On the left side of the diagram, we have the developer tracks, these are fully owned by the development teams, providing complete autonomy. Every development team (which could be working on multiple apps) will be provisioned three sandboxes:

DEV = Main development environment.
CI = Continues integration merge / build test environment.
TEST = Formal user testing environment.

A traditional development pattern would be:

  1. All development will occur in the DEV environment, leveraging an IDE (e.g. Eclipse or MavensMate) and Git.
  2. With every commit to Git, Jenkins will automatically build the code in the CI environment. This will confirm that the development has not broken the build or created any conflicts. In the event of a failure, the development team will immediately be notified (via e-mail or even social tools such as Chatter or Slack).
  3. Finally, any code positioned for a release to production will be moved into the TEST environment where formal testing (including UAT) can occur. This is also managed by Jenkins, but triggered by the development team by selecting a specific tag from Git.

In a perfect world, every developer would have their own DEV sandbox, however, at the time of writing, Salesforce.com only offer a restricted number of DEV Sandboxes to their customers. As a result, developers within a specific development team would share the environments (DEV, CI, TEST). This actually works fine, but obviously requires some level of coordination, which is where development methodologies such as SCRUM Agile are key!

Production Org Owned (Right Side)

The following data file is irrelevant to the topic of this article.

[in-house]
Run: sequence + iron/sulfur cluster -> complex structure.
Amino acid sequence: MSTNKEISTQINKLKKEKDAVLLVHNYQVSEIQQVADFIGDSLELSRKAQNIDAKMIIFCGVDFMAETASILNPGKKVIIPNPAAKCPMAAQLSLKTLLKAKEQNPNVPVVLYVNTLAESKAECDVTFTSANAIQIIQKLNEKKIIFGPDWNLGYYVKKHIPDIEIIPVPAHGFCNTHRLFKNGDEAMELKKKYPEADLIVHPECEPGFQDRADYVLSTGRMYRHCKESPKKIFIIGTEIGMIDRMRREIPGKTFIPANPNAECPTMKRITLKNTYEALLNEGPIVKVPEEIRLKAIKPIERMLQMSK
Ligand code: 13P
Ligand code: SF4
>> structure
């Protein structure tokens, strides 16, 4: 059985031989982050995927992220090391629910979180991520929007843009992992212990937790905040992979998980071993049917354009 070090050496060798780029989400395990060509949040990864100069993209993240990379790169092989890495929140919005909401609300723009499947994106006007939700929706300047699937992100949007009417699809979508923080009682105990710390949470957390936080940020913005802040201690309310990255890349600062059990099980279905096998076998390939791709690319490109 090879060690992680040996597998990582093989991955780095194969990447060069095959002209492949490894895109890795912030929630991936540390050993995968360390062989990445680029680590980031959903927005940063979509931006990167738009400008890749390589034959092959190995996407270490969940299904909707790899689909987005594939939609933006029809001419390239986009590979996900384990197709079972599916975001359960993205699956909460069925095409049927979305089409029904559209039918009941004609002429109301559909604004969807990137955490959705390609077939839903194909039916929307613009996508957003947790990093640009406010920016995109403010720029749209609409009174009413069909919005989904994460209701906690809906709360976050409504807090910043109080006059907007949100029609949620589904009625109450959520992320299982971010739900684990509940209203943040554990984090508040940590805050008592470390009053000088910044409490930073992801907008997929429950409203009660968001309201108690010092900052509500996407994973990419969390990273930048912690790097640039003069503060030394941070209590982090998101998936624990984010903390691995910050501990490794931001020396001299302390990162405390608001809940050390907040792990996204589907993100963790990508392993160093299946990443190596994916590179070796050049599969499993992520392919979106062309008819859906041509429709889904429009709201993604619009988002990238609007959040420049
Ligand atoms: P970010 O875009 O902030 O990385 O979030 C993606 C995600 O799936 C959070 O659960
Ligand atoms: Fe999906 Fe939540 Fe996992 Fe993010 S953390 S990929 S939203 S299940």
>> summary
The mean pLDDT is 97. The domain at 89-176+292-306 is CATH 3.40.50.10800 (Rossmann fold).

On the right side of the diagram, we have another set of environments, specifically:

CI = Used to test / merge code from the different development tracks.
PRE-PRD = An exact replica of PRD, including the full data set.
PRD = The production environment, where the live users will access the applications.

These environments are used to merge and test all code from the different development tracks, ready for a specific production release. The actual process remains consistent, leveraging Git and Jenkins to automate the deployment between environments.

Production releases can be as frequent as required, however it is common for enterprises to start with monthly releases and progress to weekly as they gain confidence. The good news is that the reference architecture is highly scalable and could easily manage multiple production releases per-day, should this become a requirement.

The two sides of the reference architecture are important as they provide a clear control point for the team that is accountable for the production Force.com org, ensuring that no unapproved code is deployed into production.

Conclusion

Hopefully this information provides a good overview as to how Force.com can be leveraged as an enterprise application platform as a service.

The key is to recognise that the reference architecture provides autonomy for the development teams, whilst providing a consistent control point that protects the production environment. Thanks to the high levels of automation, it also enables high levels of agility, without negatively impacting quality.